Former Goldman Tech Chief Sees AI Revolution in Just Five Years

artificial intelligence

Wall Street is full of people just shuffling papers around. Think of what a brokerage firm does. Essentially they take the ownership of an asset, and give it to someone else. Just for that paper shuffle they amass millions in fees.

The same applies to investment bankers. A lot of their work is advising companies on mergers or capital risings. A few signatures later, they pocket hundreds of millions dollars.

AI – New Breed of Competition

But both brokers and investment bankers are now facing threats from a new breed of competition — artificial intelligence (AI). AI already performs many of the jobs on Wall Street, such as those of traders, sales teams, portfolio construction, trade executers, analysts and modellers.

For the moment, the roll out of AI is extremely small. But it’s only the beginning. As reported by Bloomberg:

Traditional Wall Street jobs are already being disrupted by technology, and the emergence of artificial intelligence will drastically reorder the role of most humans in finance, according to former Goldman Sachs Group Inc. Chief Technology Officer Michael Dubno.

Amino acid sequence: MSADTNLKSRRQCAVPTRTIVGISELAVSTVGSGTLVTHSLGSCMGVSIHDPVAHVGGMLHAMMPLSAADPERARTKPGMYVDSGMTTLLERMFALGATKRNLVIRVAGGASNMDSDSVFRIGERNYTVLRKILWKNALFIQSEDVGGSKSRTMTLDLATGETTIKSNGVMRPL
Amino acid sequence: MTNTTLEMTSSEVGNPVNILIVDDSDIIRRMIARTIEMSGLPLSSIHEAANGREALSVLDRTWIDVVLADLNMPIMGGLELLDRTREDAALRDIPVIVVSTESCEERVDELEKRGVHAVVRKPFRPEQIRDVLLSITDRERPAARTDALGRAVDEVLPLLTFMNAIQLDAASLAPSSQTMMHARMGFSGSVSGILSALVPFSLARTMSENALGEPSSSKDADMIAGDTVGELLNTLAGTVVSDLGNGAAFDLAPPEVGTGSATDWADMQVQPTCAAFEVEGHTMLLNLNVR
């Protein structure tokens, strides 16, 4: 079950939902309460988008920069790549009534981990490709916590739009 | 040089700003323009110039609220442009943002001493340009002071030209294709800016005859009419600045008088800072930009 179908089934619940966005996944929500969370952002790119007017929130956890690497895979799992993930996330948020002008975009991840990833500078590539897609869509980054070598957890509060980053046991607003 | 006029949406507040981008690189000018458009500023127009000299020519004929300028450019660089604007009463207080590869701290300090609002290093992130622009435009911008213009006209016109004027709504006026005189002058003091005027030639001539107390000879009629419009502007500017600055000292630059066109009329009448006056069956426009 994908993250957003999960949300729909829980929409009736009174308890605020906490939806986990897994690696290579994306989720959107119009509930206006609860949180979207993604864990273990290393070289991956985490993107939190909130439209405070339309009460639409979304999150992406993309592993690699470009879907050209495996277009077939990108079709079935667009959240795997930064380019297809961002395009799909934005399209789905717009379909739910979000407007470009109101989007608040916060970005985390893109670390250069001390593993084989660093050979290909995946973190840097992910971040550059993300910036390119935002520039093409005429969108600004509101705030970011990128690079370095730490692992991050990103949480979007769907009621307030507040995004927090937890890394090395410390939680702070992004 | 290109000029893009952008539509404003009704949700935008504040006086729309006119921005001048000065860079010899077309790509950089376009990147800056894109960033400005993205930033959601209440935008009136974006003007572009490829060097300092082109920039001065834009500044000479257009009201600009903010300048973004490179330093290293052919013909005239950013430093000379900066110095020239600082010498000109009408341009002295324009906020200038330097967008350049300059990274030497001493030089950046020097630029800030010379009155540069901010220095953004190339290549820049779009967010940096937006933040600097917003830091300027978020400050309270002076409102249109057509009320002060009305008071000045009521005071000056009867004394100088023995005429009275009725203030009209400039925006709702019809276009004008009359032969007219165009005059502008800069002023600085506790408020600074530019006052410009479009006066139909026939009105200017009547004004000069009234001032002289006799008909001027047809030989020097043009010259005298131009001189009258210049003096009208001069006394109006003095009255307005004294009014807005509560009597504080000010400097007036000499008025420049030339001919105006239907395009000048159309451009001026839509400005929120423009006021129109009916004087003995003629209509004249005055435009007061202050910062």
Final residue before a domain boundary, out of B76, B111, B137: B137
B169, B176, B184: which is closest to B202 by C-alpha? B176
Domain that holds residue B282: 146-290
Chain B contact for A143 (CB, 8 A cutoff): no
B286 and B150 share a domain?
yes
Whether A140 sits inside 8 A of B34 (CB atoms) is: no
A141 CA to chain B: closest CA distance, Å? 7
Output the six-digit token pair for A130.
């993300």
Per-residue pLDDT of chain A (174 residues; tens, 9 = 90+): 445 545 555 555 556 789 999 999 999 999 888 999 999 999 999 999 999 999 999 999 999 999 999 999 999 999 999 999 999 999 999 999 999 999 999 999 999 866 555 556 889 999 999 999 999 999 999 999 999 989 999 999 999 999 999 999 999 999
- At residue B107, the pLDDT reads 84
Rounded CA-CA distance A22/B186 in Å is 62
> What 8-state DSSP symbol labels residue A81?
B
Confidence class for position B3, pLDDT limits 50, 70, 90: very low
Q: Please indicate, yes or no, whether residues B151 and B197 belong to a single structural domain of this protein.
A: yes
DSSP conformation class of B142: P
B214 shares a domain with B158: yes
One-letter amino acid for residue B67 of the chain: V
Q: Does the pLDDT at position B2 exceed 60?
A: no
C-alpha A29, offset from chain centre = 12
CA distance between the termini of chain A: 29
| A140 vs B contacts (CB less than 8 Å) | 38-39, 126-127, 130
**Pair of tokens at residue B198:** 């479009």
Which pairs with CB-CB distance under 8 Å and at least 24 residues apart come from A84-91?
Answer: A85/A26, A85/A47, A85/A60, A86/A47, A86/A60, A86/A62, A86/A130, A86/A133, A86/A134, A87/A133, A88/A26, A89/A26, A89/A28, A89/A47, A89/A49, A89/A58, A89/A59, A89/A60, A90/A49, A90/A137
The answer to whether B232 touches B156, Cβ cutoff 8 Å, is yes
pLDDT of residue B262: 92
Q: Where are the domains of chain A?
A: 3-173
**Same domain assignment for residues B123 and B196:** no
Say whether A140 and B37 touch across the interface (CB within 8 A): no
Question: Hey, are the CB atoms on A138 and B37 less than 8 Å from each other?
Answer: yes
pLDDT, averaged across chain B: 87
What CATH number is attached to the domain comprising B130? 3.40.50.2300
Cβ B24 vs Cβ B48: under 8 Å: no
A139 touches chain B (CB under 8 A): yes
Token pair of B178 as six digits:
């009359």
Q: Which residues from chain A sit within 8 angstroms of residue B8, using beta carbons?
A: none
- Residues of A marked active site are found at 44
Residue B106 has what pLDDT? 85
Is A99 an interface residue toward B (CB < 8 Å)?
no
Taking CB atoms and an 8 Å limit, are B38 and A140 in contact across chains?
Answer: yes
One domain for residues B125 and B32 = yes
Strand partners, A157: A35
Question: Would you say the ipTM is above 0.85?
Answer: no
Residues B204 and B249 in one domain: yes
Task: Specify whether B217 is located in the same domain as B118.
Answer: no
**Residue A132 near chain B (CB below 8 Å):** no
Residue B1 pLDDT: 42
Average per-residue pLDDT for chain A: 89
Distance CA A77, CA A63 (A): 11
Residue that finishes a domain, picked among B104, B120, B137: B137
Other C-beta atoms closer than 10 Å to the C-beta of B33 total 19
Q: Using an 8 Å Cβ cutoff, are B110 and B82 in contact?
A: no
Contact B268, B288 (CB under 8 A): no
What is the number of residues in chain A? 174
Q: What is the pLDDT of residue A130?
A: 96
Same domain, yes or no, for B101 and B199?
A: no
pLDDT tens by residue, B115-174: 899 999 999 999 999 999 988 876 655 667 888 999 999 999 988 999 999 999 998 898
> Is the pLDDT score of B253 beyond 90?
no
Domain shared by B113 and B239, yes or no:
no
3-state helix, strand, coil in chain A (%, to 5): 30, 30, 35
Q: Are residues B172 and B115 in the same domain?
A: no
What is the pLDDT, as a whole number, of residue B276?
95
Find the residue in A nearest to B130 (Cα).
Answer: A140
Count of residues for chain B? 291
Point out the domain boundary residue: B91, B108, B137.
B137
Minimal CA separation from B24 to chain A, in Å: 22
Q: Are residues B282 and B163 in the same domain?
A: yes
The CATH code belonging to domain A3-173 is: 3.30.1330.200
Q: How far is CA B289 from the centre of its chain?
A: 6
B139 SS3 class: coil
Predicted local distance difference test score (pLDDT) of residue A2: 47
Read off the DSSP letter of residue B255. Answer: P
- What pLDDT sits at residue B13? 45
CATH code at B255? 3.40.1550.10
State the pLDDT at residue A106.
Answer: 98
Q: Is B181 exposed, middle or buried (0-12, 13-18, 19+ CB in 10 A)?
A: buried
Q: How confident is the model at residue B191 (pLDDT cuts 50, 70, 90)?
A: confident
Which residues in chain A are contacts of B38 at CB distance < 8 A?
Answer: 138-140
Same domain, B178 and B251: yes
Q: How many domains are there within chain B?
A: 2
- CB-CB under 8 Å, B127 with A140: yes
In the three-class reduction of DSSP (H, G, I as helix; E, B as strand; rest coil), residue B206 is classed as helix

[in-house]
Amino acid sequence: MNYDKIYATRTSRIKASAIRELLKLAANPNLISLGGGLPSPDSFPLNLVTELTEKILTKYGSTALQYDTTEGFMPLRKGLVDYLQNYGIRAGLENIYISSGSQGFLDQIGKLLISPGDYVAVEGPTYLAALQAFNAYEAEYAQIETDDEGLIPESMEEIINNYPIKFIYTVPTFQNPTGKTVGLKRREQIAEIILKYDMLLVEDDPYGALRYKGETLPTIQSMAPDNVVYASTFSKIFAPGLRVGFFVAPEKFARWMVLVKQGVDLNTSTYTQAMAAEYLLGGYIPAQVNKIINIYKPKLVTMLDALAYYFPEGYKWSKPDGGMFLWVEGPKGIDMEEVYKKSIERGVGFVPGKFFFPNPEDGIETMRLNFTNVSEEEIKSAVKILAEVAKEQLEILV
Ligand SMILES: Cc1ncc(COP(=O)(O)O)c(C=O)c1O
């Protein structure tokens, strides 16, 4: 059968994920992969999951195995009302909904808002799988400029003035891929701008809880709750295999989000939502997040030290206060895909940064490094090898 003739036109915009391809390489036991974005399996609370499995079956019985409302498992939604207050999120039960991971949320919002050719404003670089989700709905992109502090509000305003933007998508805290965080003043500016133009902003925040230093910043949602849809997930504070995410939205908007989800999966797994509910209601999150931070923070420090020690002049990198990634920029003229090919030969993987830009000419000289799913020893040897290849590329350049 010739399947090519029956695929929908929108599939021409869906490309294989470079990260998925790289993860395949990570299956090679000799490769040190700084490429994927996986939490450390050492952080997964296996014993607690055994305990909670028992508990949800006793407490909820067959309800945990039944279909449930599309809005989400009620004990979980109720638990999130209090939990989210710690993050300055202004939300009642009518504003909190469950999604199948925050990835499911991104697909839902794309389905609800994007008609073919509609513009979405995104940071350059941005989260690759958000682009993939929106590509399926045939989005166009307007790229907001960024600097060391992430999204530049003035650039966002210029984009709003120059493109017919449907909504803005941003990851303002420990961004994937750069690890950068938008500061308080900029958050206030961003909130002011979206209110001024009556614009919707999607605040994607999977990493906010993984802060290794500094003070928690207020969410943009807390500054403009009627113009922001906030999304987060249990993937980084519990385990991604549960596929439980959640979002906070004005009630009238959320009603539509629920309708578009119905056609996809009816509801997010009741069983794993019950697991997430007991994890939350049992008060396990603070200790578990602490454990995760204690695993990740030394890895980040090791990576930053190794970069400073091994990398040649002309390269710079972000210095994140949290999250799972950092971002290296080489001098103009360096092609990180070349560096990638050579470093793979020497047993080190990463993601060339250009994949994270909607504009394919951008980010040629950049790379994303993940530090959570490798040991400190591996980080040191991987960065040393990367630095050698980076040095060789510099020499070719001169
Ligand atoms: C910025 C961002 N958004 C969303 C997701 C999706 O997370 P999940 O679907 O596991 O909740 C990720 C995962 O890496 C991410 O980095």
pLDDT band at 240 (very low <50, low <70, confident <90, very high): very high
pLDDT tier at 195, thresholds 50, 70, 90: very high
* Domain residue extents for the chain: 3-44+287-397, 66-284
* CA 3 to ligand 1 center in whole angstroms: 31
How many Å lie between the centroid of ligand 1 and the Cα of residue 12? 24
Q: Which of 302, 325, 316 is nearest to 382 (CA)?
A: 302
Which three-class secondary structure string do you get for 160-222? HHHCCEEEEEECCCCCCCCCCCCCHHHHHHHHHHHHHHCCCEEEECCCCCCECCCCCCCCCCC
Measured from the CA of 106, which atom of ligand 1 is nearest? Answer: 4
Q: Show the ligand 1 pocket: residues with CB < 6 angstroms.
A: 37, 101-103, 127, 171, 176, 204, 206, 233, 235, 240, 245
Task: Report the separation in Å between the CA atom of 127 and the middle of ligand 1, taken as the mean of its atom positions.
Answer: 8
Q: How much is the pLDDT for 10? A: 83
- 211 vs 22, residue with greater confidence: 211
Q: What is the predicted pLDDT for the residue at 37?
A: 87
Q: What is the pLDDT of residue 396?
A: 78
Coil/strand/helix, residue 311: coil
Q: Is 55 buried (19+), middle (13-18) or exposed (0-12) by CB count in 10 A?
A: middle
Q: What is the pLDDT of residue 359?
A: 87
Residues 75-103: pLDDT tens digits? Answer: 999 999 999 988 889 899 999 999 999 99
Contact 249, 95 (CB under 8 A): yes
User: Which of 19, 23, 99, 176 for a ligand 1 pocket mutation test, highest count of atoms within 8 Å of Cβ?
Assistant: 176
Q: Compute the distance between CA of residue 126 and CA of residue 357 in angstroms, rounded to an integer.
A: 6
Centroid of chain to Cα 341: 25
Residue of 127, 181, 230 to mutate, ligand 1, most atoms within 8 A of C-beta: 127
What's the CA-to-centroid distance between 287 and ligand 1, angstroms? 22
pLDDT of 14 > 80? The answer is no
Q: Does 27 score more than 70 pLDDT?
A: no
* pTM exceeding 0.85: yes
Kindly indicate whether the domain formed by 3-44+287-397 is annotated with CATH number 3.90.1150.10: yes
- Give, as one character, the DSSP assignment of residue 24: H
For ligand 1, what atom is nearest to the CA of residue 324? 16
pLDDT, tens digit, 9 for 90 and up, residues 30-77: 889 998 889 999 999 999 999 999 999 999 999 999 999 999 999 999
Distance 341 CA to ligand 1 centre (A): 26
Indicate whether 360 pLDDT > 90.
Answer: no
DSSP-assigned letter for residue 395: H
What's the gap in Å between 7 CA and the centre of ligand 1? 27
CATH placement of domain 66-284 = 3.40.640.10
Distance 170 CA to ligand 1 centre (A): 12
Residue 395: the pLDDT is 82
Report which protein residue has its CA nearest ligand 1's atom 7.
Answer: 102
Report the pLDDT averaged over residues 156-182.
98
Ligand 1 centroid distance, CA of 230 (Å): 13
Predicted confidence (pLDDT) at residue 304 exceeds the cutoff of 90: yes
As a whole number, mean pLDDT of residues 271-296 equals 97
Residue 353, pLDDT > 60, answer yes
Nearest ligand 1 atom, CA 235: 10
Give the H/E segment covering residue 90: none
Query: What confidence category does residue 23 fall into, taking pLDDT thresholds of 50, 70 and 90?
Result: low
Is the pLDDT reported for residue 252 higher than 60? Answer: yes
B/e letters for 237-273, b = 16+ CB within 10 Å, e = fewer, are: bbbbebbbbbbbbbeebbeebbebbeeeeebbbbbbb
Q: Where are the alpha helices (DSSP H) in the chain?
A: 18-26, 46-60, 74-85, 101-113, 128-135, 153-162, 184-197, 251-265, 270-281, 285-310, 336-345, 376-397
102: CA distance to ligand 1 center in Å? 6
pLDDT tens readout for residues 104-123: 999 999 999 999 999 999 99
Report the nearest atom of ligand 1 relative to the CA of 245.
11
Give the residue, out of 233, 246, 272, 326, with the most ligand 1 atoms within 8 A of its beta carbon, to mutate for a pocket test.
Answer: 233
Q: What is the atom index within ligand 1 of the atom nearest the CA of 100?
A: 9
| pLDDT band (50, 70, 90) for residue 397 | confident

We’re actually seeing the disintermediation of certain roles that were historic on Wall Street such as the salesperson.

You still need someone to start a relationship, but that relationship is not done by ‘Hey, let’s go to dinner. Hey, I have a great piece of research for you.’ It’s really ‘I have a great piece of data for you’.’

AI’s Ascendance

Dubno, former video game developer, sees AI’s ascendance within as little as five years’ time. It’s just enough time to get companies heading the next generation of AI.  Some of these companies include Alphabet Inc. [NASDAQ:GOOG], BAIDU Inc. [NASDAQ:BIDU] and International Business Machine Corp. [NYSE:IBM].

The end-state of finance is similar to the end-state of almost every business: Almost every business is going to be automated to the point where very few people are involved in the running of it.

All firms have between 5 and 20 years in terms of what happens, but I think they’ll feel the effects of that way sooner.


Härje Ronngard,

Junior Analyst, Money Morning

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Harje Ronngard

Harje Ronngard

Harje Ronngard is the lead Editor at Money Morning. With an academic background in finance and investments, Harje knows how simple, yet difficult investing can be. He has worked with a range of assets classes, from futures to equities. But he’s found his niche in equity valuation.

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